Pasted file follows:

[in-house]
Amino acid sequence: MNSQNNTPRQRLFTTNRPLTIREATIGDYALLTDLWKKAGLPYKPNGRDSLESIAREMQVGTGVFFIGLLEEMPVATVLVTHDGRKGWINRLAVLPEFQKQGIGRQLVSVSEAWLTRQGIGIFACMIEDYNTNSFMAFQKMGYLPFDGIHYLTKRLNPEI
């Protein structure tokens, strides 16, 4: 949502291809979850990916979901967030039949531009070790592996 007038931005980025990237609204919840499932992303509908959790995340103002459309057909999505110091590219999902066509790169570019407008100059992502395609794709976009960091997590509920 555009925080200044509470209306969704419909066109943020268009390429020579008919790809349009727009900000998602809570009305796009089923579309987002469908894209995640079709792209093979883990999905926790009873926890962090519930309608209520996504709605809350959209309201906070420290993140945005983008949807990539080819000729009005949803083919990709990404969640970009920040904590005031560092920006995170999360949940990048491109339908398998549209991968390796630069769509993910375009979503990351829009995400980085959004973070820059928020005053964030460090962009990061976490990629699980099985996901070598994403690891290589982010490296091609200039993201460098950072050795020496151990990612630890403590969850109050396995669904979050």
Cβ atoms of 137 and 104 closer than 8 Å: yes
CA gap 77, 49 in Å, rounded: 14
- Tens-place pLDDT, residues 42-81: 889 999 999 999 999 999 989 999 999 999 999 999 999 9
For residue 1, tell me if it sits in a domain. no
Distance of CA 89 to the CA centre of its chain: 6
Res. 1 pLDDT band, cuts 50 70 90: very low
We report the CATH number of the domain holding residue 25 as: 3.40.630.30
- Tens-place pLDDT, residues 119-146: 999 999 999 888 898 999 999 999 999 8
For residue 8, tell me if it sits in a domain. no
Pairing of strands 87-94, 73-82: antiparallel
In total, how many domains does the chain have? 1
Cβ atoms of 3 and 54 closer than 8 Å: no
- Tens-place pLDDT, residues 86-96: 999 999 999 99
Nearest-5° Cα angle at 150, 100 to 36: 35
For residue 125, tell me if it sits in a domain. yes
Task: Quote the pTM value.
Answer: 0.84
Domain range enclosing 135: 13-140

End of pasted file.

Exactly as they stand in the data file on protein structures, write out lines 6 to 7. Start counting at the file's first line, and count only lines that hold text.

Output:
- Tens-place pLDDT, residues 42-81: 889 999 999 999 999 999 989 999 999 999 999 999 999 9
For residue 1, tell me if it sits in a domain. no